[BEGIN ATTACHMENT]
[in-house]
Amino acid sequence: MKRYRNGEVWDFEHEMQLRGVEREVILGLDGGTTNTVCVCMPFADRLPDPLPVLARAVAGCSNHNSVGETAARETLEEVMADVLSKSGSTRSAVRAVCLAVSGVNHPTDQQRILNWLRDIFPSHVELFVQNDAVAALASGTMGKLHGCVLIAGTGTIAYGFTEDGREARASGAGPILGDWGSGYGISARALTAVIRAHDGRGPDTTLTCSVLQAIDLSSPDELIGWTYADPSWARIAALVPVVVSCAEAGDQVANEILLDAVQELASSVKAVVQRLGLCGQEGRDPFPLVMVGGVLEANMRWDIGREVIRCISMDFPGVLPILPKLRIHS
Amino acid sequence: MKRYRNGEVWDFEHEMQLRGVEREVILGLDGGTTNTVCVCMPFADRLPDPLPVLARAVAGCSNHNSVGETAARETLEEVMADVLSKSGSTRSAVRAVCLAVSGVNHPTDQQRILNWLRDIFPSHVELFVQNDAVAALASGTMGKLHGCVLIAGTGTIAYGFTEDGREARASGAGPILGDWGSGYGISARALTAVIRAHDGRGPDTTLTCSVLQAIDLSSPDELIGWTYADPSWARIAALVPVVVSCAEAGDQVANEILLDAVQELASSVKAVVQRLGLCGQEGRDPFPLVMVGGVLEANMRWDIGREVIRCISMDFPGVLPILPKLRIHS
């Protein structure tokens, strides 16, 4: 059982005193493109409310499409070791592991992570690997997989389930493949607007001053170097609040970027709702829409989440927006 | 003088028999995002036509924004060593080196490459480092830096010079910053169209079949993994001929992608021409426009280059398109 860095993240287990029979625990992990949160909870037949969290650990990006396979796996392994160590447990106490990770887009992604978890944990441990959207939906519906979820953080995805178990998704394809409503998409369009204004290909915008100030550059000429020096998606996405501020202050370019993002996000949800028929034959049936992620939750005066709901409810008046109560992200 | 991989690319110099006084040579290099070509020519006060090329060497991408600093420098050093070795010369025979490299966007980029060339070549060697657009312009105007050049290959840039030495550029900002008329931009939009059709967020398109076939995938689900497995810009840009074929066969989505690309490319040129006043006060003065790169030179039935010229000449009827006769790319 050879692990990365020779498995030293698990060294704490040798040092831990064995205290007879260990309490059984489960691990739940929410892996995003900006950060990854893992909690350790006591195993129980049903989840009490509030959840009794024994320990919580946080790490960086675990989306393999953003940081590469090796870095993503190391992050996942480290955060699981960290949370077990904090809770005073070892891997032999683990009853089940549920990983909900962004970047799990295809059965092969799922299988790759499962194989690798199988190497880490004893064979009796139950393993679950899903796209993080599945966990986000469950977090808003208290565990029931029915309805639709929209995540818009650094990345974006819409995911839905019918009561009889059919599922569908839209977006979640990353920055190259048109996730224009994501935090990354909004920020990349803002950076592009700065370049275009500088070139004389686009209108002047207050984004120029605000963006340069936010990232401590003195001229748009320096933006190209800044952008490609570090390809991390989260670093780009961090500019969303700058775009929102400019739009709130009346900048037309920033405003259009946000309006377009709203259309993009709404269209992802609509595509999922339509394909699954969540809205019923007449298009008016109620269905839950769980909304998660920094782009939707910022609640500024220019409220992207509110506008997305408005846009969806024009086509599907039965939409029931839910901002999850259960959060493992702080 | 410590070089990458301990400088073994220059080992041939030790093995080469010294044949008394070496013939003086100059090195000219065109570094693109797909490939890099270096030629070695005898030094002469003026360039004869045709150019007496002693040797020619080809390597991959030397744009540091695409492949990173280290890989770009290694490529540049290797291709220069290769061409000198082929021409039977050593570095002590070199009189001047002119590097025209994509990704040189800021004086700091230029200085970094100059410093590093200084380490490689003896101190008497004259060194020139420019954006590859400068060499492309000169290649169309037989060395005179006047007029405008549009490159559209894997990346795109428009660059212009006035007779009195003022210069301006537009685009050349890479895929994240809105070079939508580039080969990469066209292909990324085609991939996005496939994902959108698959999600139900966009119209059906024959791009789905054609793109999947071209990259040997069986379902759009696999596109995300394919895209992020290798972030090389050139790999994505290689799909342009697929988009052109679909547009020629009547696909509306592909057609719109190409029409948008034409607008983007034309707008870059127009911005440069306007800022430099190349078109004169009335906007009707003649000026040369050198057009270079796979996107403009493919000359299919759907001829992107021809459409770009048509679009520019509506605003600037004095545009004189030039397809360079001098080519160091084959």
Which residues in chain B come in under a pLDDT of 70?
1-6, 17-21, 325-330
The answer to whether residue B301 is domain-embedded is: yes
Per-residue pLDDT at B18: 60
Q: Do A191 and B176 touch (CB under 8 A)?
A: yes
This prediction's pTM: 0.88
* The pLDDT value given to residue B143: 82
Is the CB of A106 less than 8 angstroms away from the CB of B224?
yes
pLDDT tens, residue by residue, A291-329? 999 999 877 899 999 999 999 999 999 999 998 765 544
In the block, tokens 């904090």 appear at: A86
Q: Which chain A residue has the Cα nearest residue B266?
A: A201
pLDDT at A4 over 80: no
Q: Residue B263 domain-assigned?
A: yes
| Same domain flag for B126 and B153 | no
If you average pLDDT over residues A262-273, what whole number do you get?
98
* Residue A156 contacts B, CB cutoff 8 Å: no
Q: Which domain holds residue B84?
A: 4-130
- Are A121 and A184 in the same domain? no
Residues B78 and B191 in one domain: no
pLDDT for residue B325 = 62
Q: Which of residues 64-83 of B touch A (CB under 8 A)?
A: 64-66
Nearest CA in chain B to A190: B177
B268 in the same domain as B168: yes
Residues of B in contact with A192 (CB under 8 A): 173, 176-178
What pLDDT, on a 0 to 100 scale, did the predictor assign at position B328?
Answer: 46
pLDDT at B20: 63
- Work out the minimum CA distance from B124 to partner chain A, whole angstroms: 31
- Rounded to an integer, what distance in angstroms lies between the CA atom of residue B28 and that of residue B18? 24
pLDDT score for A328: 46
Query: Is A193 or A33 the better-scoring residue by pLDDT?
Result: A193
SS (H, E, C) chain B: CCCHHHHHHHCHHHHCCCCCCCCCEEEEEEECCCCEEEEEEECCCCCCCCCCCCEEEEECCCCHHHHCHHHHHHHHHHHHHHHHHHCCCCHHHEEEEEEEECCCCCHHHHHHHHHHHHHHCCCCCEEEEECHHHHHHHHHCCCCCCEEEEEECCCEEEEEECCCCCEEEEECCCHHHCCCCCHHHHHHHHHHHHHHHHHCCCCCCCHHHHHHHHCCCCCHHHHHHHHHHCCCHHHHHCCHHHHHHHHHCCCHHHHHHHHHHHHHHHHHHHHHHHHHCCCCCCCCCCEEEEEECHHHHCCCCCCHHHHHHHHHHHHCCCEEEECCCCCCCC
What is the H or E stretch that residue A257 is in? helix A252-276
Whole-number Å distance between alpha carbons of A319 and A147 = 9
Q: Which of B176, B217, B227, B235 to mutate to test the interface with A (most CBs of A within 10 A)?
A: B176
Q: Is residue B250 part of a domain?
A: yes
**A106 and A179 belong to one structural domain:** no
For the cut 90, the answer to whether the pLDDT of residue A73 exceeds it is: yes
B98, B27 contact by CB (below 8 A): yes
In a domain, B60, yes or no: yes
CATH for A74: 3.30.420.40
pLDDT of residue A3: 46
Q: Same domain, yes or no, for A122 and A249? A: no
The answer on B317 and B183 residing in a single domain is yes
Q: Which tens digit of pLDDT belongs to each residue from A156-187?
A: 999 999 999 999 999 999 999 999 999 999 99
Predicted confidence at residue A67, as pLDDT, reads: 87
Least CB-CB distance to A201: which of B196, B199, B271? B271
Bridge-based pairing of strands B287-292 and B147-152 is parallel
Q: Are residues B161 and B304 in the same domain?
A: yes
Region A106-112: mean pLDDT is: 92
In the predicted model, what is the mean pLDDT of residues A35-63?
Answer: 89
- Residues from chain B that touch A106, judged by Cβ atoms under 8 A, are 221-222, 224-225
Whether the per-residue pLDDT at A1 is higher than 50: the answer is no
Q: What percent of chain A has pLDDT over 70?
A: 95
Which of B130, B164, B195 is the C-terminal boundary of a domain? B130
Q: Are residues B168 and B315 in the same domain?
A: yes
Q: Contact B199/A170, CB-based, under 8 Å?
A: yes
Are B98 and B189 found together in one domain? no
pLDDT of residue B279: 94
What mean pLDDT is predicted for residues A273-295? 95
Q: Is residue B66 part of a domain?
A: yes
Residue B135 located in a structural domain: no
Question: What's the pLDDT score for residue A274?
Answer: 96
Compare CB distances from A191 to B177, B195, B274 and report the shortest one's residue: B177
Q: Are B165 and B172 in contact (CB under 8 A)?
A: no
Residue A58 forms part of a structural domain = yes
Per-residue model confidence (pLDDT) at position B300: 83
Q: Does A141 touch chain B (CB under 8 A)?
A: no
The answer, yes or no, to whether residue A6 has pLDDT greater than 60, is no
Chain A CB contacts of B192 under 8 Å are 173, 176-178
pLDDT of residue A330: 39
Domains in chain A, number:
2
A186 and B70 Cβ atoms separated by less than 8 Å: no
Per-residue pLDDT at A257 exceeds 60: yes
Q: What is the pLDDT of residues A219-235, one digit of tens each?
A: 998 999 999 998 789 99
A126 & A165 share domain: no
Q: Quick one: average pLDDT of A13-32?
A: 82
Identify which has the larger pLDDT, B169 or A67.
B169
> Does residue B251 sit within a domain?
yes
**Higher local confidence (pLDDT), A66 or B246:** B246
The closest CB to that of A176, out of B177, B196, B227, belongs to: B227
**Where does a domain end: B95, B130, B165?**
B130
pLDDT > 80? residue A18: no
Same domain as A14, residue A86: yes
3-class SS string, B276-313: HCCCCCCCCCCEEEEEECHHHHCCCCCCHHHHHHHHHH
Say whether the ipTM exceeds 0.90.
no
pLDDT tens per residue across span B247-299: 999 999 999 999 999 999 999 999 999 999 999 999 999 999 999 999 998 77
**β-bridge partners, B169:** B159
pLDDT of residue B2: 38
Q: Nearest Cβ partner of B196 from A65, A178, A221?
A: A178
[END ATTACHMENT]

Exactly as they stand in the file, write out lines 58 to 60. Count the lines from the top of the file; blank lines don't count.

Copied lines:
The answer on B317 and B183 residing in a single domain is yes
Q: Which tens digit of pLDDT belongs to each residue from A156-187?
A: 999 999 999 999 999 999 999 999 999 999 99